Our love affair with dramatic kitchen cabinet color schemes is far from over but this year things are warming up. Move over blacks, deep blues and greens, because rich reds are radiating their way into the heart of the home.
Color makes us happy, which is why Indian-American author, actress, and television host Padma Lakshmi has used red to bring joy to her kitchen. Pure primary reds are still a bit 1990s; instead, this kitchen cabinet color trend steers us towards muddier tones with tints of nature-led orange and brown.
Known as one of the most stressful colors in history, in recent years, red has taken a bashing. So why the sudden resurgence?
'Perhaps it's a yearning for the light and warmth of Southern climes and warm minimalist interior design that's behind the current demand for red, burgundy and terracotta,' suggests Merlin Wright, design director at Plain English.
Red can transform interiors, adding a fun to sophisticated aesthetic. One of the most passionate and life-enhancing colors to use in a decorating scheme, red offers a luxurious bank of positive energy.
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‘We have been using red to decorate the walls of our homes from the beginning of human existence,’ explains Marianne Shillingford, creative director of Dulux. ‘We can find red on the walls of the earliest cave dwellers and red pigment was used in Neanderthal burials as a symbol of life. It has the longest visual wavelength of any color, which makes it the most impactful, and it is famous for stimulating the appetite, good conversation, and love, making it an enduring favorite in the kitchen, dining room, and bedroom,’ she continues.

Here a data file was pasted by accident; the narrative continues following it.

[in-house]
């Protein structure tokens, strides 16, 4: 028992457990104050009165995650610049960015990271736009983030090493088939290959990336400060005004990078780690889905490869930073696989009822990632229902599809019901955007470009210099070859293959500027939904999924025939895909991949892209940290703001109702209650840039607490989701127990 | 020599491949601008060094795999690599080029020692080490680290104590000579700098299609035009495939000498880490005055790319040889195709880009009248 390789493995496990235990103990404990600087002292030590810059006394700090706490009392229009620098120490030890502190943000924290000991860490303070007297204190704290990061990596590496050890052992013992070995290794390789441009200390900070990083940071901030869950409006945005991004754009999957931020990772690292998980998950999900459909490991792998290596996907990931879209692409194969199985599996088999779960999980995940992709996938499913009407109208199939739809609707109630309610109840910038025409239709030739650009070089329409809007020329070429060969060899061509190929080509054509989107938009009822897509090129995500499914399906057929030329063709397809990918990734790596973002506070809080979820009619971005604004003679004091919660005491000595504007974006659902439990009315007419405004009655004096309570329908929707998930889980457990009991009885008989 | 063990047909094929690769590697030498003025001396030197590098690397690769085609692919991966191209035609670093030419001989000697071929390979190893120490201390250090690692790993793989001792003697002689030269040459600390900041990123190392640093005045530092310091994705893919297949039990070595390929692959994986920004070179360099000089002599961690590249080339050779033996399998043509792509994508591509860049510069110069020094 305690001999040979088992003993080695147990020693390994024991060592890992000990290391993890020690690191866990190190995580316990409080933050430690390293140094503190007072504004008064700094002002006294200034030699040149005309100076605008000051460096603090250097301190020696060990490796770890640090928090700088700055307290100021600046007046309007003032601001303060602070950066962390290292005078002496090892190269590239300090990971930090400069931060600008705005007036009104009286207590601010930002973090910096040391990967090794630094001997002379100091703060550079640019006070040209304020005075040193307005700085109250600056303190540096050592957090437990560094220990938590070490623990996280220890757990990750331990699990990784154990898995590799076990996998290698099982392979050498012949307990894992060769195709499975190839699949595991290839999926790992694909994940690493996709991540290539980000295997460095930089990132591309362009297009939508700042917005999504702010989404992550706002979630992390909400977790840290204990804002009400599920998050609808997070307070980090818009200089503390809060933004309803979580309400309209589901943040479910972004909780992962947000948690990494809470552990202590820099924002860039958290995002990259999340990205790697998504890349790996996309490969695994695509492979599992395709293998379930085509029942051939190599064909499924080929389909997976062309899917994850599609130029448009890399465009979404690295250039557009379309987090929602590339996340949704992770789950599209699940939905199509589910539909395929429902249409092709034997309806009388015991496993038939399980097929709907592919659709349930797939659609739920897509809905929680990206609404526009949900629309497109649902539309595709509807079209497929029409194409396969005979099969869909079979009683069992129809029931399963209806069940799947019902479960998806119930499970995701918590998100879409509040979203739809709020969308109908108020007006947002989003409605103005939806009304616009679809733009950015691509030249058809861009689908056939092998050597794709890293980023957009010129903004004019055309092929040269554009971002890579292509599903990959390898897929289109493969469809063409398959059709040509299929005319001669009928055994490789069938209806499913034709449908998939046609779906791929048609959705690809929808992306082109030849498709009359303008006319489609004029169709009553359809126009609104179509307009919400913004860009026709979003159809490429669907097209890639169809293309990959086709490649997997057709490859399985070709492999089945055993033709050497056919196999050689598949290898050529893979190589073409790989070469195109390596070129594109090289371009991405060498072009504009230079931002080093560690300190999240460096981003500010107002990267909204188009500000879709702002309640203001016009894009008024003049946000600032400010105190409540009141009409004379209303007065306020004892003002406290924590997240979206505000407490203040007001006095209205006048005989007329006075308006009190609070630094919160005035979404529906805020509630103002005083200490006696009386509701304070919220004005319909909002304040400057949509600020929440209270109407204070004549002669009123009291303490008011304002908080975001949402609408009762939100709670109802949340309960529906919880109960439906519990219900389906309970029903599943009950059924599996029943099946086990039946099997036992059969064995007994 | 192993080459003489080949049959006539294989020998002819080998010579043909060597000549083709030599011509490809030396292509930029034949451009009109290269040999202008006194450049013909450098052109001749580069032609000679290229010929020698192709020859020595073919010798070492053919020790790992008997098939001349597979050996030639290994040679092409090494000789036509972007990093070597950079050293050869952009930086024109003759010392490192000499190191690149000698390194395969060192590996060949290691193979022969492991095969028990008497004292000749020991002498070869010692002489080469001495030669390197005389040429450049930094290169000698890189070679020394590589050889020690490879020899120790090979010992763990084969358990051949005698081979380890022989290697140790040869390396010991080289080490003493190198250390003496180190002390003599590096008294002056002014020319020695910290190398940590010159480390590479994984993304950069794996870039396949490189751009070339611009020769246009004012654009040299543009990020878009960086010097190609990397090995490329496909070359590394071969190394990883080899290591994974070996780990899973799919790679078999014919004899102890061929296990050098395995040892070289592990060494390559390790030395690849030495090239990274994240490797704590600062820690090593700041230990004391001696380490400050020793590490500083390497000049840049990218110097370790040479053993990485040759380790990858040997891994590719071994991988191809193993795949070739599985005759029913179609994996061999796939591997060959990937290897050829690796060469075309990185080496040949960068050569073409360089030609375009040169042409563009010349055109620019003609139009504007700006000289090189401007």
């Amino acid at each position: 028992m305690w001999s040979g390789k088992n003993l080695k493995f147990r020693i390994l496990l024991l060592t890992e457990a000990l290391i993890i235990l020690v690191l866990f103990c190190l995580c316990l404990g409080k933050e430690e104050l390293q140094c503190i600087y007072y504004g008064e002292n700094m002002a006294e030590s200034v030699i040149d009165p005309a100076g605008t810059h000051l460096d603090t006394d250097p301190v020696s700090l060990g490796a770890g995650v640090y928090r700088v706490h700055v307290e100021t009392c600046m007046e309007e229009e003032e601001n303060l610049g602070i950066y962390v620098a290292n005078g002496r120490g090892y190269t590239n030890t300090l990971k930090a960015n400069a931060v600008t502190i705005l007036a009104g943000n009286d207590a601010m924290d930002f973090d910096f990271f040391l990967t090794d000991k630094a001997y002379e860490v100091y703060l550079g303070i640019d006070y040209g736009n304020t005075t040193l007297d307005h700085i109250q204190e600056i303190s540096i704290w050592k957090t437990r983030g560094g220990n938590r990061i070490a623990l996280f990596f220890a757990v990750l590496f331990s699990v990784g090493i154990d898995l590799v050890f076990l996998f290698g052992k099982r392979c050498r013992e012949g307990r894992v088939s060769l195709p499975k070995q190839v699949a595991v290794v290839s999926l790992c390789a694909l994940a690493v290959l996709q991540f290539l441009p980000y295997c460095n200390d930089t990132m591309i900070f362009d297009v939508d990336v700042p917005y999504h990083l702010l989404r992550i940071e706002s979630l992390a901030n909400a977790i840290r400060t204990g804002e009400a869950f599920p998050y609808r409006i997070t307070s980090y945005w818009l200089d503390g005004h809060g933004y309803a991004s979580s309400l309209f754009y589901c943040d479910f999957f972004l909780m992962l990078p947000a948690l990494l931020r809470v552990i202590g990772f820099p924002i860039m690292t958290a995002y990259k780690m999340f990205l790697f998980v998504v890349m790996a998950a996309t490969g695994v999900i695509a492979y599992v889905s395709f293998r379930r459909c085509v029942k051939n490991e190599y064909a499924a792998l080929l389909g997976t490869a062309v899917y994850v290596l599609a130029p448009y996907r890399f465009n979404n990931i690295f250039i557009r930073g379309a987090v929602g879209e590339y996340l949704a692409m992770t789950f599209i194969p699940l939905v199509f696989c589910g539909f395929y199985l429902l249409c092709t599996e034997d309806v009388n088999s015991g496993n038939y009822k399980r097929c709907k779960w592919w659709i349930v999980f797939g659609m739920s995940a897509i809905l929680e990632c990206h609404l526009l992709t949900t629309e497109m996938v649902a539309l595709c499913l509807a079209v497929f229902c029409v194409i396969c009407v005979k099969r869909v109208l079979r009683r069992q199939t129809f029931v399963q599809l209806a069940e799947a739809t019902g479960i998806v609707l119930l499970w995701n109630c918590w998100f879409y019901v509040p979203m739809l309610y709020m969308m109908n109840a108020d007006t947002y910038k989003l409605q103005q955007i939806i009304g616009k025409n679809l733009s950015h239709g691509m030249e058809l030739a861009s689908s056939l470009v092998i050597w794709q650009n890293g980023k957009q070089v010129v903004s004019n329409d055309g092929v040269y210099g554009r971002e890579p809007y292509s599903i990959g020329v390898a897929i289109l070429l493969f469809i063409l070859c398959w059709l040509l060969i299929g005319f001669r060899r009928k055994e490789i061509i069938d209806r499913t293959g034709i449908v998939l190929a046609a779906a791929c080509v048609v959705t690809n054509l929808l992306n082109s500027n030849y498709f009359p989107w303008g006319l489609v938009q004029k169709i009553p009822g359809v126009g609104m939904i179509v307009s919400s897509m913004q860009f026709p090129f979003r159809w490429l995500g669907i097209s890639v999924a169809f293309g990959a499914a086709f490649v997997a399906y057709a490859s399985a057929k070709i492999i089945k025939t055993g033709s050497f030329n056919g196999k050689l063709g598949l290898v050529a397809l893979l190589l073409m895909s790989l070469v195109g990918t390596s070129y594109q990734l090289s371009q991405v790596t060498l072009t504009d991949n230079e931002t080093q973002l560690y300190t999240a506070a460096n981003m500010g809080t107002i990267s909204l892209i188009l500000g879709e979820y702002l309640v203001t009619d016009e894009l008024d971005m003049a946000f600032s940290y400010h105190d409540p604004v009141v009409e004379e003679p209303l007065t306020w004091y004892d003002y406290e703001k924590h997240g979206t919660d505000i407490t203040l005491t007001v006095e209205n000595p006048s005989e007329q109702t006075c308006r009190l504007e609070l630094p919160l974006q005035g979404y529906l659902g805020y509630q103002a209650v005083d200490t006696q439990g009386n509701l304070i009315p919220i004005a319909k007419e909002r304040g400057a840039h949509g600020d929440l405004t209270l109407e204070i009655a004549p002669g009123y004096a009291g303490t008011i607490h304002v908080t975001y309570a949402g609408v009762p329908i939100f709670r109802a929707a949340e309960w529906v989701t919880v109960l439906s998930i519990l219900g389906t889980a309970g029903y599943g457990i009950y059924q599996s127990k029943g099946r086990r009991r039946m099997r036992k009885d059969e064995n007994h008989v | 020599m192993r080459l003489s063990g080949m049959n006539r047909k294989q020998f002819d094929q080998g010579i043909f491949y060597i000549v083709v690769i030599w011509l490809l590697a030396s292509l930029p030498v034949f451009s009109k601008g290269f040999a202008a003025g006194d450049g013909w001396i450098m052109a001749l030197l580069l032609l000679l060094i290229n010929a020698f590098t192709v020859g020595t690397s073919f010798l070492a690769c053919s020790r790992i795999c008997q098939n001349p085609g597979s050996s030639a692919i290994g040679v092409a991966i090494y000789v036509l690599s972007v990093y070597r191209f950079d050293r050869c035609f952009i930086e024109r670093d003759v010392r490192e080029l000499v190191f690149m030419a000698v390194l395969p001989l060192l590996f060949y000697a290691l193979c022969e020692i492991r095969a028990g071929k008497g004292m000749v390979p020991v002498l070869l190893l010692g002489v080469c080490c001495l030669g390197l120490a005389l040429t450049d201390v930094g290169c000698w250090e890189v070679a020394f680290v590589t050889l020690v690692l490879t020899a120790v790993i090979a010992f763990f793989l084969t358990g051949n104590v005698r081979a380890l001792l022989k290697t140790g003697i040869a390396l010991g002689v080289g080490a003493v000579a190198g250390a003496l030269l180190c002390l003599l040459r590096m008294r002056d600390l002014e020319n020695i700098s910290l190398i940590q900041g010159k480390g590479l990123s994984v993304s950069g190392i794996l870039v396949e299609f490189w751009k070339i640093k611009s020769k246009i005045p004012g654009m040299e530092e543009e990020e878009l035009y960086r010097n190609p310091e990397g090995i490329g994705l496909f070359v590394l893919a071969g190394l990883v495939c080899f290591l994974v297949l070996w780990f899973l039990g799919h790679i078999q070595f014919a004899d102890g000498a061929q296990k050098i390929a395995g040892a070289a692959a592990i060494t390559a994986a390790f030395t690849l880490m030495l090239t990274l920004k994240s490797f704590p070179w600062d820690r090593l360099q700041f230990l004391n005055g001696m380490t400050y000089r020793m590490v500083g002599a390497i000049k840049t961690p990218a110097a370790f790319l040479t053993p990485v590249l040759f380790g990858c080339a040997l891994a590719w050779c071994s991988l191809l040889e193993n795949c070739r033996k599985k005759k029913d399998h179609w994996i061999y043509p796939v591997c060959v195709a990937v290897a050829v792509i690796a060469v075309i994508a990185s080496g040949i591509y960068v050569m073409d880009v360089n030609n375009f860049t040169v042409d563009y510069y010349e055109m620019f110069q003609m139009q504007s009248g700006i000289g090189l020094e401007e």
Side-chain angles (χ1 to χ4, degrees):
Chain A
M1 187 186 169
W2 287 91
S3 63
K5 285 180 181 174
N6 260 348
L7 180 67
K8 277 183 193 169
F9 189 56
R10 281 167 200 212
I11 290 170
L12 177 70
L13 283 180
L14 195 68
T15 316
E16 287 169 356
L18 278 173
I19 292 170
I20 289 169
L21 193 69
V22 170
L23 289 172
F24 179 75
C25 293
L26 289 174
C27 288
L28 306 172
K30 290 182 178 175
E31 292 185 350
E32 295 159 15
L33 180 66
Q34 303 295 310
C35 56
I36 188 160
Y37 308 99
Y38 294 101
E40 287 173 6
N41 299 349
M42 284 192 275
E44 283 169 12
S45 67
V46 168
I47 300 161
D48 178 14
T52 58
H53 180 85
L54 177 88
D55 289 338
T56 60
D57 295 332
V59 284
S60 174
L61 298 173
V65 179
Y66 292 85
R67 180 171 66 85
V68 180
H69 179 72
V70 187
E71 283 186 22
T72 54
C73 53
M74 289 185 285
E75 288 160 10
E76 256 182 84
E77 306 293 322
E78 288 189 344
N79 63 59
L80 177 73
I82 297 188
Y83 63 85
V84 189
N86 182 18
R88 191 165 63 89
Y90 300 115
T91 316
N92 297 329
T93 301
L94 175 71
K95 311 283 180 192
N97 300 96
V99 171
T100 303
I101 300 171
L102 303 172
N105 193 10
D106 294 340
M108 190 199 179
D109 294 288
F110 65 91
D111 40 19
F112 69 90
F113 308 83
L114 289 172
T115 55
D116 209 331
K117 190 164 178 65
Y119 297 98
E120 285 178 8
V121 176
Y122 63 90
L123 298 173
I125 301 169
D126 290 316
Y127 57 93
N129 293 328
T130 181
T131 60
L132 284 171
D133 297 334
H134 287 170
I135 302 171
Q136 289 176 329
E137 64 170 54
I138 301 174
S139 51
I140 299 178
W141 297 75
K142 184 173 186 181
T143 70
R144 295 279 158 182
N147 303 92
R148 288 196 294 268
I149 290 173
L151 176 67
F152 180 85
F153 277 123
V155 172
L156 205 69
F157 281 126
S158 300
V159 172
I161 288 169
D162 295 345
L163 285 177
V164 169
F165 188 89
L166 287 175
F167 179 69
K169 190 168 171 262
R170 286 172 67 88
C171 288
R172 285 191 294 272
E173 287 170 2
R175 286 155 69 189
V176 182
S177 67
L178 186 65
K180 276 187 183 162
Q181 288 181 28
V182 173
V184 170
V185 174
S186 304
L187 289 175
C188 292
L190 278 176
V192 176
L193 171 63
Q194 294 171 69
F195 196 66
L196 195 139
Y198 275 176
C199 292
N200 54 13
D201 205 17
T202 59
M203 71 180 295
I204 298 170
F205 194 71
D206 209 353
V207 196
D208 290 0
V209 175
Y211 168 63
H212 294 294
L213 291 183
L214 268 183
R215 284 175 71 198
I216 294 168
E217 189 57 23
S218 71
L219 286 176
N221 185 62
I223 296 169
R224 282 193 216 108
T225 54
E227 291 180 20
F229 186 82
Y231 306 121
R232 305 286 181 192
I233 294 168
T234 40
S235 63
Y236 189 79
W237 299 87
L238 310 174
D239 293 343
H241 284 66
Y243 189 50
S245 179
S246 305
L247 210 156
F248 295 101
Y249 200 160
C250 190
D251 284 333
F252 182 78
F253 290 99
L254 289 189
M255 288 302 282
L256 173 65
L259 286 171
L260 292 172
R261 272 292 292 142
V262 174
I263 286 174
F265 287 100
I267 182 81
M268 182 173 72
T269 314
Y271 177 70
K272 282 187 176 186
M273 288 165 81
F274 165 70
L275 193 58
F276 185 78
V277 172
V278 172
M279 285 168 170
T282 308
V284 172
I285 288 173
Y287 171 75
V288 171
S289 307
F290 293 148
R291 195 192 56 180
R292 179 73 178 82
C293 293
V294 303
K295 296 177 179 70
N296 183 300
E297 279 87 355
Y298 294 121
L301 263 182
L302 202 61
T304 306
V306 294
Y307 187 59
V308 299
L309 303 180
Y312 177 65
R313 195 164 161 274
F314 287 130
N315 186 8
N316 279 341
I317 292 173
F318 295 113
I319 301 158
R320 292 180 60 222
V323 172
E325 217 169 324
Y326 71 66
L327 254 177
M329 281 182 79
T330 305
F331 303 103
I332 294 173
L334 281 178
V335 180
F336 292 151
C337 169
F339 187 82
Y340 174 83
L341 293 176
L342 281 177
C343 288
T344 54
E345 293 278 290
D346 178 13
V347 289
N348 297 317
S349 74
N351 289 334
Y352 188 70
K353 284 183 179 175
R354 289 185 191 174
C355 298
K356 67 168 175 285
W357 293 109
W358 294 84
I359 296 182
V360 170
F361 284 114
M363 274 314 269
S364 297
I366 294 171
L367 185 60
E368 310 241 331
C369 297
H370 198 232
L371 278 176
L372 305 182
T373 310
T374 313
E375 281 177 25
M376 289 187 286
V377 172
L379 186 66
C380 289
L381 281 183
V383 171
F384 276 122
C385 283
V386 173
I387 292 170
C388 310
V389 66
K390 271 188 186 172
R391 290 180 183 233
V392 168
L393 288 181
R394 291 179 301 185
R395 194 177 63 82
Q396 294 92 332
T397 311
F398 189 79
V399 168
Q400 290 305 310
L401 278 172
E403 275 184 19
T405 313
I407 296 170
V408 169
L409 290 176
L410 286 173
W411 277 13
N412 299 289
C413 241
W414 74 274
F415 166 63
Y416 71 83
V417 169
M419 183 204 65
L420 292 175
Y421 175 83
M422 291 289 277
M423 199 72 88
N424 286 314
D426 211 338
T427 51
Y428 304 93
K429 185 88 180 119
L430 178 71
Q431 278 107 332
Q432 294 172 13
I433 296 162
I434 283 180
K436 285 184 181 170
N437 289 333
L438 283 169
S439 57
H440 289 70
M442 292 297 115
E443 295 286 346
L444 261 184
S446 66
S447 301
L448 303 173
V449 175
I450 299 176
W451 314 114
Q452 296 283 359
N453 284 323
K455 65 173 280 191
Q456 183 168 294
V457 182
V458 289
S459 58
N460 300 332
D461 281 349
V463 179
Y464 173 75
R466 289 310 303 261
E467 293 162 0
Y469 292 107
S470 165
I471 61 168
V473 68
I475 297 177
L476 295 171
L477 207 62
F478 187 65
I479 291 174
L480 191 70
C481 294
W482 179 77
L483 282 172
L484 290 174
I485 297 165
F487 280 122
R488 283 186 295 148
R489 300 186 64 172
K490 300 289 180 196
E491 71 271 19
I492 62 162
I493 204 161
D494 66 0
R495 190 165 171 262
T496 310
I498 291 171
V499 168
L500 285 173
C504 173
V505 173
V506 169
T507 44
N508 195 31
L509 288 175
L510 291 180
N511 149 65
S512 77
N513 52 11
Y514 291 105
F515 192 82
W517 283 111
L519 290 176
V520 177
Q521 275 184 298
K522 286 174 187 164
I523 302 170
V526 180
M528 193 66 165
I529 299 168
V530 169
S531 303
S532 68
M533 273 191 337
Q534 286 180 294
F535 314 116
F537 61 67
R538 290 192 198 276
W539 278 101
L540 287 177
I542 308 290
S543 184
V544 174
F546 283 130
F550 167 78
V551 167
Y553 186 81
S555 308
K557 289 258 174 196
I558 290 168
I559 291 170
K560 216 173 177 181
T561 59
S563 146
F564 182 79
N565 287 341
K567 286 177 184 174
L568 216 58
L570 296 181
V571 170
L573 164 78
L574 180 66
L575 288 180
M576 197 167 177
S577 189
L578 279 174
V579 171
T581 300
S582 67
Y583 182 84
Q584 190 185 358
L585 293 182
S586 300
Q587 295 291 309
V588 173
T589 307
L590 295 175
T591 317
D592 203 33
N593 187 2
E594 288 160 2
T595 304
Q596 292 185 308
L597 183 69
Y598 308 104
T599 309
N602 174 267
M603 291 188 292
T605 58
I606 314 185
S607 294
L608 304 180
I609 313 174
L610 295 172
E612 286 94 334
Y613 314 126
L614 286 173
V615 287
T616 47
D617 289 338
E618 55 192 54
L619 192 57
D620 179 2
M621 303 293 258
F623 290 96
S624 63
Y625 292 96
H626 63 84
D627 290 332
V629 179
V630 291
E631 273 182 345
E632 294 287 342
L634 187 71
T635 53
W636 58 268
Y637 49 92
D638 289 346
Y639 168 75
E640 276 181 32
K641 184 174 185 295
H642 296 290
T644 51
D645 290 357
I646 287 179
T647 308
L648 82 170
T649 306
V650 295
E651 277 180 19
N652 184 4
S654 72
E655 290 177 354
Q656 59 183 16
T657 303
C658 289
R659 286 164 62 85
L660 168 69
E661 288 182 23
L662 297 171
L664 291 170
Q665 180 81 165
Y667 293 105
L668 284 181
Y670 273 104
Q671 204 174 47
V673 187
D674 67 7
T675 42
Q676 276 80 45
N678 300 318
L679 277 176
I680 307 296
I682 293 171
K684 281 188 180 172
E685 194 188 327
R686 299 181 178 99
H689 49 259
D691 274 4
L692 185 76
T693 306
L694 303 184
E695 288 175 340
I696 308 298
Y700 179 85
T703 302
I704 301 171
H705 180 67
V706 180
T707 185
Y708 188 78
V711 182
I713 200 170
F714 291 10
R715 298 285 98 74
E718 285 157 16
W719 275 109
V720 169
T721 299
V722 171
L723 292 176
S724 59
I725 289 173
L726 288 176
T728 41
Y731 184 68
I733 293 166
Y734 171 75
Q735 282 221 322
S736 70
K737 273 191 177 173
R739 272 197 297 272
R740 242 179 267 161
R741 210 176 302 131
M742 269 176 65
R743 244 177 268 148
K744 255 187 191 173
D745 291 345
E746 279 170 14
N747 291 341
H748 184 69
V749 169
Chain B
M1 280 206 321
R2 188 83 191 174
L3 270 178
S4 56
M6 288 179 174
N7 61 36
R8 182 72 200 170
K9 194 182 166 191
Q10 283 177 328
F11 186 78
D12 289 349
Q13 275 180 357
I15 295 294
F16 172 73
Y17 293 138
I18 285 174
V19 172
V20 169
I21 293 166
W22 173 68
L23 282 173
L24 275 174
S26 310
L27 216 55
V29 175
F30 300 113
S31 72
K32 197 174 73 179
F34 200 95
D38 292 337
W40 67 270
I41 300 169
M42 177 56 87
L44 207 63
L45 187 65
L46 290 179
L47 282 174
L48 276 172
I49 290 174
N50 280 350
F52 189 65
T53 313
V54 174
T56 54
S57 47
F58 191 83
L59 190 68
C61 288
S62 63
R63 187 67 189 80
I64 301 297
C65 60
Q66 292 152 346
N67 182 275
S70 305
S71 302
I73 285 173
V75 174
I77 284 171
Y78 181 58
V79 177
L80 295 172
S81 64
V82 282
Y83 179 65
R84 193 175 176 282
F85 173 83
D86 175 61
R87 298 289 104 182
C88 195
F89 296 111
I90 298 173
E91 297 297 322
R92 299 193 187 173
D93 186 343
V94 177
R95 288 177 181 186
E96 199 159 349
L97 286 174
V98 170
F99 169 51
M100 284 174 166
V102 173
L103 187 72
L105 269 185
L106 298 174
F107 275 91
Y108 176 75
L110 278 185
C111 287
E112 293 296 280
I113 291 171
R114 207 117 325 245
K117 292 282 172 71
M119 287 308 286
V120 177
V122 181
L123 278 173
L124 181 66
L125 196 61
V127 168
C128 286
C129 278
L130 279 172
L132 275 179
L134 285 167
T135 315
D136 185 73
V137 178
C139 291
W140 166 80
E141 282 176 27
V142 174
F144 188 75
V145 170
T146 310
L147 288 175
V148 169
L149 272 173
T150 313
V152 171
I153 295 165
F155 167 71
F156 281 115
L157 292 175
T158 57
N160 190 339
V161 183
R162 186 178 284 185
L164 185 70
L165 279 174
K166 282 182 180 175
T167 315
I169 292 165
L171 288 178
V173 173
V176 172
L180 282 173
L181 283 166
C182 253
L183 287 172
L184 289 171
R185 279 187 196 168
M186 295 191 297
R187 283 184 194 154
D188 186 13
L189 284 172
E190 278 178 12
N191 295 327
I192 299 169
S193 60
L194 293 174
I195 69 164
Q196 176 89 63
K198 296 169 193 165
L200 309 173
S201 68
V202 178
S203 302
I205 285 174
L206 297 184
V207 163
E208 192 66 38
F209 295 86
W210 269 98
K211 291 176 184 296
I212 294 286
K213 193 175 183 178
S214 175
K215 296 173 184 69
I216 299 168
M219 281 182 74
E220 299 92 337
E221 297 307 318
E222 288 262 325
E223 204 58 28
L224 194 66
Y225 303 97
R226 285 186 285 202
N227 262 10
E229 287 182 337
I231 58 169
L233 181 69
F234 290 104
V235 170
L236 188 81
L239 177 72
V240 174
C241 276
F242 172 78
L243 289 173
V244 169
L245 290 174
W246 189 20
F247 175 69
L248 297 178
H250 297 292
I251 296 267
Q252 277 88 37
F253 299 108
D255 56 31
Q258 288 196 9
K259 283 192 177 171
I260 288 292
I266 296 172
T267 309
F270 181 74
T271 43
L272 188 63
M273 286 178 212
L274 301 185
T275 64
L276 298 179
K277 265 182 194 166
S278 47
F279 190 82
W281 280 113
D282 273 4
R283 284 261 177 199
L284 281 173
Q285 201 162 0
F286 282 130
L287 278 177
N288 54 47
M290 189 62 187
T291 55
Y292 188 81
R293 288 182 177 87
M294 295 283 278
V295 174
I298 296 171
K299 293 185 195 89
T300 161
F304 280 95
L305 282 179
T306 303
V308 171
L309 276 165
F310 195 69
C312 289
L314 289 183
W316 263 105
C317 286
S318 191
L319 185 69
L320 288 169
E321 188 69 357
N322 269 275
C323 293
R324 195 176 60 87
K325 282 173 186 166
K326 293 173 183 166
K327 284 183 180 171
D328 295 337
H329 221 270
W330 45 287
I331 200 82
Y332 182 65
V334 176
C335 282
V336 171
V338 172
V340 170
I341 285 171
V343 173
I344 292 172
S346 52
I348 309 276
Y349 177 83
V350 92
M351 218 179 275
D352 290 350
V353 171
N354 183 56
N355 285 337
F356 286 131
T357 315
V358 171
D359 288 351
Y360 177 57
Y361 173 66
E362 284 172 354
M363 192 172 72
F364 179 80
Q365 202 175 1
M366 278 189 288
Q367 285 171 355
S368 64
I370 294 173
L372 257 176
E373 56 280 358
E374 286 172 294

‘As the most stimulating and powerful color, red can add excitement and drama to a space, but it can also be overwhelming in rooms where you want to relax and unwind. Use it in decorating like you would use seasoning in food: if you like your food hot and spicy, use lots of bold red like terracotta and paprika.
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A deep or vibrant red can be a miracle worker for kitchen cabinets, both lifting the cool light of north-facing spaces and adding a cheerful glow to sunnier south-facing spots. Red hues are said to provoke conversation, so they work well in kitchens and family areas; a rouge kitchen diner might extend those lazy supper parties while adding visual drama.
‘A color, like the red used here, feels both cozy and uplifting,' says Natasha Greig, director, of Veere Grenney Associates. 'It has great depth, so when used in small rooms all over the walls, it makes the room feel more generous. For our work as designers, it is a perfect backdrop to almost all colors.’
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Jennifer is the Digital Editor at Homes & Gardens. Having worked in the interiors industry for a number of years, spanning many publications, she now hones her digital prowess on the 'best interiors website' in the world. Multi-skilled, Jennifer has worked in PR and marketing, and the occasional dabble in the social media, commercial and e-commerce space. Over the years, she has written about every area of the home, from compiling design houses from some of the best interior designers in the world to sourcing celebrity homes, reviewing appliances and even the odd news story or two.
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